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Manuel Harlan

Julius Caesar at The Bridge Theatre

4 February 2018 Helen Dalton

The Bridge Theatre in Southwark opened in winter 2017 and now proudly calls itself "the first wholly new theatre of scale to be added to London’s commercial theatre sector in 80 years." It is a pleasant novelty for London audiences to discover a new permanent theatre space – especially one so large, modern, and undeniably beautiful. The atrium is spacious and striking, the auditorium comfortable, adaptable and welcoming. For their second production ever, The Bridge stages Shakespeare’s tragedy of politics, idealism and betrayal, Julius Caesar.

Beginning with what looks like a modern political rally – complete with flag-waving, a live rock band and red baseball caps – Nicholas Hytner’s staging of Julius Caesar seems set to draw out political parallels between Shakespeare’s Rome and our modern world. Caesar’s first appearance, wearing a red cap and a leather jacket, waving to the cheering crowds, is explicit in evoking Trump. It awakens the audience to many of the play’s themes: populism, power, and how we judge our leaders for their private and public behaviour. However, as soon as these parallels have become explicit, the production steps back from them, taking its cue from Shakespeare’s rich and nuanced characters rather than distorting the play into a direct analogy for contemporary politics. For the rest of the play, Caesar is presented more like a Russian military leader than an American politician. There are no easy points to be scored in a story that asks difficult questions about responsibility, violence and power.


Ben Whishaw (Brutus) and Michelle Fairley (Cassius) in Julius Caesar, (c) Manuel Harlan
 
The Bridge has assembled a strong cast for this production, combining big names with solid Shakespearean experience. Accomplished classically trained actor David Calder plays Caesar, Cassius is portrayed by Michelle Fairley (best known for her stint as Caitlin Stark in Game of Thrones) while The Walking Dead’s David Morrissey is Mark Antony. Ben Whishaw plays Brutus as a naive scholar obsessed with abstract ideals of honour and liberty, whose idealism cannot sustain him once he has dirtied his hands through bloody action. He believes that if he puts aside his own personal feelings and acts based on virtuous convictions he can commit a murder that is just and honourable. Instead, he finds himself sullied and broken by the act. His transformation from fastidious academic to anxious soldier is mirrored by the gradual progression of the set from pristine, unreal minimalism to a dirty, crowded and confused battlefield. As the conspirators’ supposedly lofty ideals and decisive actions are dragged out into prolonged warfare, the set becomes a complex, messy and dangerous place.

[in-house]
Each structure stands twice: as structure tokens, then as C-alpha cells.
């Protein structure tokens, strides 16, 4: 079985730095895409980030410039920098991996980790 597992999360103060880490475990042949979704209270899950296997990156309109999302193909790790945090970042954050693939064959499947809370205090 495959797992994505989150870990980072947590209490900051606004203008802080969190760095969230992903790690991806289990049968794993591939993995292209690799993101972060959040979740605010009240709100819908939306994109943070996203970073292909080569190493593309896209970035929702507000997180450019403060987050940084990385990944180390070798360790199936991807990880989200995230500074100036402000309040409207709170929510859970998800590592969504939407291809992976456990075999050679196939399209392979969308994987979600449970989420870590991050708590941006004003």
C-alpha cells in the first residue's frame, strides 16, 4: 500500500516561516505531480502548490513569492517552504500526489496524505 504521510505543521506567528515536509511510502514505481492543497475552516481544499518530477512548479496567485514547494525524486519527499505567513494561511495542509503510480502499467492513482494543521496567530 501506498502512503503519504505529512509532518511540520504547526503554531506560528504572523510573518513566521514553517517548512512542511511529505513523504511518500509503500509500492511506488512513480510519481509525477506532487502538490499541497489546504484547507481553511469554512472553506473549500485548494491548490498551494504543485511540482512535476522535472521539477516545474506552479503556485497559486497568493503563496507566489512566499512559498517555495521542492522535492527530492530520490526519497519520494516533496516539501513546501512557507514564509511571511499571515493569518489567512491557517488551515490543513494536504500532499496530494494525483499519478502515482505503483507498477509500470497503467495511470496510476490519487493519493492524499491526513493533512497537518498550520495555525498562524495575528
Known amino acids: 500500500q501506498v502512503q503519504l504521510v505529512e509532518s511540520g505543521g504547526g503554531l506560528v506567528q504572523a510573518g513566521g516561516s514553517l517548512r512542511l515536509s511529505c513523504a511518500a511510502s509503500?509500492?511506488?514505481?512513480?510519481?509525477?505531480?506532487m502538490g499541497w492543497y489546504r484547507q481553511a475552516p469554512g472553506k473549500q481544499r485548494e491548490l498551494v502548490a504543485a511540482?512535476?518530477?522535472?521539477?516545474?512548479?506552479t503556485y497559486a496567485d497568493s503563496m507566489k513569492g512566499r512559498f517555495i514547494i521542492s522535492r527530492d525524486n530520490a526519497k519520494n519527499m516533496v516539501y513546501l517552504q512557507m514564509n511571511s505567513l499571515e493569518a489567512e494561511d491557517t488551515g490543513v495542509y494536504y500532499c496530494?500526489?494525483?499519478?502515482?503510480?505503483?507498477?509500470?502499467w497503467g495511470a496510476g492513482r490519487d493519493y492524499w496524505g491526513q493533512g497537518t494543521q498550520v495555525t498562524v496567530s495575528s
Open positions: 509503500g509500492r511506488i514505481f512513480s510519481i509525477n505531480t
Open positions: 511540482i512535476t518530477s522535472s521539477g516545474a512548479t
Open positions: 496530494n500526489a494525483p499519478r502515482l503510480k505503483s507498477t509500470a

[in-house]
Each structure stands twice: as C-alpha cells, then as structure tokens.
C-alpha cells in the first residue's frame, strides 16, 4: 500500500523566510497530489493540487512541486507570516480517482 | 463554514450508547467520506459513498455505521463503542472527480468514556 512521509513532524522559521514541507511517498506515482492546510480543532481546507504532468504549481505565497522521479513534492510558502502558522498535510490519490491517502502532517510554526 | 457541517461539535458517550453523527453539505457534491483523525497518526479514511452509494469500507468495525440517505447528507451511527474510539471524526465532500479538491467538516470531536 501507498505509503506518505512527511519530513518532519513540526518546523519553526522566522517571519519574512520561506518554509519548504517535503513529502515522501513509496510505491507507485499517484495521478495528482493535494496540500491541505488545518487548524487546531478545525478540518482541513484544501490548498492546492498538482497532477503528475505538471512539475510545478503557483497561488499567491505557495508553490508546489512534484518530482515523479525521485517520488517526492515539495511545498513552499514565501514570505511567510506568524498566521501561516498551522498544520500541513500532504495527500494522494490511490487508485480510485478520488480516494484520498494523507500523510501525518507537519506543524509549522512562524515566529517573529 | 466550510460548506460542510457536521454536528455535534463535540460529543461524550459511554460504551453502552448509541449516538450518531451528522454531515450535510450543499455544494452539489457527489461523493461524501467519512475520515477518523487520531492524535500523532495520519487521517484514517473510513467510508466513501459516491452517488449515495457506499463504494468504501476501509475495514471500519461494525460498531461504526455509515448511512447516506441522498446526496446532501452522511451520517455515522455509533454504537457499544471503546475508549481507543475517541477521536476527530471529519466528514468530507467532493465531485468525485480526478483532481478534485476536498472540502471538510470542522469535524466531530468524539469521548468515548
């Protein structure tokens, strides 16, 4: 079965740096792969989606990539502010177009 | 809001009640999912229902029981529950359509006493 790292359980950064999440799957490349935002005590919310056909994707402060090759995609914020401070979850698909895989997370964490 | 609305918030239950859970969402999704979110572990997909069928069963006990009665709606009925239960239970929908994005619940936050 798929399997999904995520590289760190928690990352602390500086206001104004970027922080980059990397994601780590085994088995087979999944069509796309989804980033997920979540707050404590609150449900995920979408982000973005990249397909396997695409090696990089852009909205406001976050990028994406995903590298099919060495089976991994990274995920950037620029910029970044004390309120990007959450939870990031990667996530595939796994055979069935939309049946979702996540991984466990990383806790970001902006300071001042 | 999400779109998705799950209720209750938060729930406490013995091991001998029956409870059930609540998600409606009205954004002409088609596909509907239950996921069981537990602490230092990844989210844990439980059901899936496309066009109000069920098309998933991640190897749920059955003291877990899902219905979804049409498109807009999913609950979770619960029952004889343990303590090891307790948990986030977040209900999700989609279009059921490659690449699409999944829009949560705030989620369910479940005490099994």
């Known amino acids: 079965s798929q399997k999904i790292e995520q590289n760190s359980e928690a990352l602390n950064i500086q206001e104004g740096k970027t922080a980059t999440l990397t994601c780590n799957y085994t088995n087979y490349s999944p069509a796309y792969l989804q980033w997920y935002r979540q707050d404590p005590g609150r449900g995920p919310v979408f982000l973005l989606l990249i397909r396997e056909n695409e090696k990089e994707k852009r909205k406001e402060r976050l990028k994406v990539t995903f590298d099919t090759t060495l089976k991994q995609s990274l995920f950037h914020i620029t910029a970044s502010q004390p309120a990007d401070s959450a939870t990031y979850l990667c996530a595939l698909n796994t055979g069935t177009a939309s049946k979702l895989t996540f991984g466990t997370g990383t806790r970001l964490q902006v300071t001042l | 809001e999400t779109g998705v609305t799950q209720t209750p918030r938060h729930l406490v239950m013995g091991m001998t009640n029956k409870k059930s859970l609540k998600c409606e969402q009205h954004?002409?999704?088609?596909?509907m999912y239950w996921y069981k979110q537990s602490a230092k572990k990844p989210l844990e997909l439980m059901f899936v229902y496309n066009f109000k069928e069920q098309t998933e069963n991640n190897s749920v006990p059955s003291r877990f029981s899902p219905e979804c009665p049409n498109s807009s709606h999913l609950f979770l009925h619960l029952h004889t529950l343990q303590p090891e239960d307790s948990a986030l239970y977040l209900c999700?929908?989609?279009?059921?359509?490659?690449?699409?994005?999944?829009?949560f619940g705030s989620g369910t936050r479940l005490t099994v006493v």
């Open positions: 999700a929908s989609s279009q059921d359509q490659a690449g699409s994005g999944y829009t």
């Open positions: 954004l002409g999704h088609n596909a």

David Calder (Caesar) in Julius Caesar at the Bridge Theatre, (c) Manuel Harlan
 
The Bridge’s smoothly versatile stage comes to the front in this performance, with large blocks of floor silently moving and shifting to create a spectrum of adaptable spaces. The theatre is in the round, with tiers of seating around a large central space that is both the stage and the pit for standing audiences. The experience for the standing audience members in Julius Caesar is as an immersive part of the show, being ushered around to form part of the set and to give a sense of depth and reality to the play’s crowd scenes. They become the ‘people’ of Rome; the masses who love and hero-worship Caesar as well as the citizens whose rights and freedoms Brutus thinks he is protecting by plotting the ruler’s downfall. Mark Antony’s famous “friends, Romans, countrymen, lend me your ears” speech is immediate and direct, stirring the Roman mob up to revenge and violence. The audience find themselves caught up in this crowd, and faced with the same decision whether to side with Caesar or with Brutus? In the play, Mark Antony’s passion and rhetoric swing the crowd to his side, but the audience is left to make their own minds up. Is violence justified in the name of liberty? Is it right to sacrifice the life of an individual – even someone you love and admire – for the greater good? And, with popular opinion widely vacillating, how can we know what the greater good is?
 
Julius Caesar is at the Bridge Theatre until 15 April 2018.
 
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